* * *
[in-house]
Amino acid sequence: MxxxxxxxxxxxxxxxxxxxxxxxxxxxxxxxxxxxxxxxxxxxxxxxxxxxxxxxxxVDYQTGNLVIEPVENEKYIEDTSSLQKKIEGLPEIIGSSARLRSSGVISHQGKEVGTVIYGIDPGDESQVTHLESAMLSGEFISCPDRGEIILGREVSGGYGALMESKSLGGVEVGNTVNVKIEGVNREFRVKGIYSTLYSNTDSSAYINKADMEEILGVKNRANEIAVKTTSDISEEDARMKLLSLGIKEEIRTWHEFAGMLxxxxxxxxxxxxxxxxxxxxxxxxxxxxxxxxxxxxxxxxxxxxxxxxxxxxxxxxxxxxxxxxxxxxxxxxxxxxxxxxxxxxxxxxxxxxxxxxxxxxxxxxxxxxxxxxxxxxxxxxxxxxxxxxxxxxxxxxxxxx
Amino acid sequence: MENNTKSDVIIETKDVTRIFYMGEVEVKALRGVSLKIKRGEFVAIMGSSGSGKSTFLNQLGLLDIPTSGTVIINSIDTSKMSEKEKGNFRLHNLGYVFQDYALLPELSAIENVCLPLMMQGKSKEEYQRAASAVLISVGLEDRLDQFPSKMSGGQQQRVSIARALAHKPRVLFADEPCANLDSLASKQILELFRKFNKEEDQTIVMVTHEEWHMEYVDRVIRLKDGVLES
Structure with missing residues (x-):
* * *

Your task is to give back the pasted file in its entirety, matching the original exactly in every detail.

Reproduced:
[in-house]
Amino acid sequence: MxxxxxxxxxxxxxxxxxxxxxxxxxxxxxxxxxxxxxxxxxxxxxxxxxxxxxxxxxVDYQTGNLVIEPVENEKYIEDTSSLQKKIEGLPEIIGSSARLRSSGVISHQGKEVGTVIYGIDPGDESQVTHLESAMLSGEFISCPDRGEIILGREVSGGYGALMESKSLGGVEVGNTVNVKIEGVNREFRVKGIYSTLYSNTDSSAYINKADMEEILGVKNRANEIAVKTTSDISEEDARMKLLSLGIKEEIRTWHEFAGMLxxxxxxxxxxxxxxxxxxxxxxxxxxxxxxxxxxxxxxxxxxxxxxxxxxxxxxxxxxxxxxxxxxxxxxxxxxxxxxxxxxxxxxxxxxxxxxxxxxxxxxxxxxxxxxxxxxxxxxxxxxxxxxxxxxxxxxxxxxxx
Amino acid sequence: MENNTKSDVIIETKDVTRIFYMGEVEVKALRGVSLKIKRGEFVAIMGSSGSGKSTFLNQLGLLDIPTSGTVIINSIDTSKMSEKEKGNFRLHNLGYVFQDYALLPELSAIENVCLPLMMQGKSKEEYQRAASAVLISVGLEDRLDQFPSKMSGGQQQRVSIARALAHKPRVLFADEPCANLDSLASKQILELFRKFNKEEDQTIVMVTHEEWHMEYVDRVIRLKDGVLES
Structure with missing residues (x-):